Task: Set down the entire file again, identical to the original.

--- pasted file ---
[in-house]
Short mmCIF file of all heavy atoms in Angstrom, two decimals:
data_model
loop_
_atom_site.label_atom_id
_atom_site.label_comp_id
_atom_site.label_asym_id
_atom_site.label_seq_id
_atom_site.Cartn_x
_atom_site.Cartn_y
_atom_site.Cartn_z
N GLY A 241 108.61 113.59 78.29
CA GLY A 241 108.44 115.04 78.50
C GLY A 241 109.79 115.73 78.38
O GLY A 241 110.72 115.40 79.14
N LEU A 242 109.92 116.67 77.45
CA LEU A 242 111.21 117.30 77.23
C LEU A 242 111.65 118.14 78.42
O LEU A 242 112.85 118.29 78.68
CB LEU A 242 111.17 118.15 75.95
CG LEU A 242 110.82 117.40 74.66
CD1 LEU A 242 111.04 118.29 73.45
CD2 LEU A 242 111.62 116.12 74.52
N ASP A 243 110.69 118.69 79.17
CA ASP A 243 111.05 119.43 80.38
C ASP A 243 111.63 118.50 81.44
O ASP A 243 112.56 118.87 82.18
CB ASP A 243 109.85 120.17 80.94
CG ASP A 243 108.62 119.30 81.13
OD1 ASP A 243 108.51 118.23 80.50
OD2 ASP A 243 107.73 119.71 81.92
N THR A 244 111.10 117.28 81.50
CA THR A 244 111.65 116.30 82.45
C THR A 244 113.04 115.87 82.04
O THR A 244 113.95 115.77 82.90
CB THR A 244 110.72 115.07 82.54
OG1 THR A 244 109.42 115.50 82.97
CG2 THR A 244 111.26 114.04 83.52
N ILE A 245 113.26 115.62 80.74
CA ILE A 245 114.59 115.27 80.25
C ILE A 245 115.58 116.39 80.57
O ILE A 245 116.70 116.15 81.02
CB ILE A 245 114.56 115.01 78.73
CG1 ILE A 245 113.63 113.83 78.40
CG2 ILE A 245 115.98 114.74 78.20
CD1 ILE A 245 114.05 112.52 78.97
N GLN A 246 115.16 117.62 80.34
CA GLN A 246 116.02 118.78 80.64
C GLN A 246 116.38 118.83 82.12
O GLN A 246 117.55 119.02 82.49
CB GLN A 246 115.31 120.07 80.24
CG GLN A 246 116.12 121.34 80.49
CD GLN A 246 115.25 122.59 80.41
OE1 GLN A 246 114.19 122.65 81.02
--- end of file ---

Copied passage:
[in-house]
Short mmCIF file of all heavy atoms in Angstrom, two decimals:
data_model
loop_
_atom_site.label_atom_id
_atom_site.label_comp_id
_atom_site.label_asym_id
_atom_site.label_seq_id
_atom_site.Cartn_x
_atom_site.Cartn_y
_atom_site.Cartn_z
N GLY A 241 108.61 113.59 78.29
CA GLY A 241 108.44 115.04 78.50
C GLY A 241 109.79 115.73 78.38
O GLY A 241 110.72 115.40 79.14
N LEU A 242 109.92 116.67 77.45
CA LEU A 242 111.21 117.30 77.23
C LEU A 242 111.65 118.14 78.42
O LEU A 242 112.85 118.29 78.68
CB LEU A 242 111.17 118.15 75.95
CG LEU A 242 110.82 117.40 74.66
CD1 LEU A 242 111.04 118.29 73.45
CD2 LEU A 242 111.62 116.12 74.52
N ASP A 243 110.69 118.69 79.17
CA ASP A 243 111.05 119.43 80.38
C ASP A 243 111.63 118.50 81.44
O ASP A 243 112.56 118.87 82.18
CB ASP A 243 109.85 120.17 80.94
CG ASP A 243 108.62 119.30 81.13
OD1 ASP A 243 108.51 118.23 80.50
OD2 ASP A 243 107.73 119.71 81.92
N THR A 244 111.10 117.28 81.50
CA THR A 244 111.65 116.30 82.45
C THR A 244 113.04 115.87 82.04
O THR A 244 113.95 115.77 82.90
CB THR A 244 110.72 115.07 82.54
OG1 THR A 244 109.42 115.50 82.97
CG2 THR A 244 111.26 114.04 83.52
N ILE A 245 113.26 115.62 80.74
CA ILE A 245 114.59 115.27 80.25
C ILE A 245 115.58 116.39 80.57
O ILE A 245 116.70 116.15 81.02
CB ILE A 245 114.56 115.01 78.73
CG1 ILE A 245 113.63 113.83 78.40
CG2 ILE A 245 115.98 114.74 78.20
CD1 ILE A 245 114.05 112.52 78.97
N GLN A 246 115.16 117.62 80.34
CA GLN A 246 116.02 118.78 80.64
C GLN A 246 116.38 118.83 82.12
O GLN A 246 117.55 119.02 82.49
CB GLN A 246 115.31 120.07 80.24
CG GLN A 246 116.12 121.34 80.49
CD GLN A 246 115.25 122.59 80.41
OE1 GLN A 246 114.19 122.65 81.02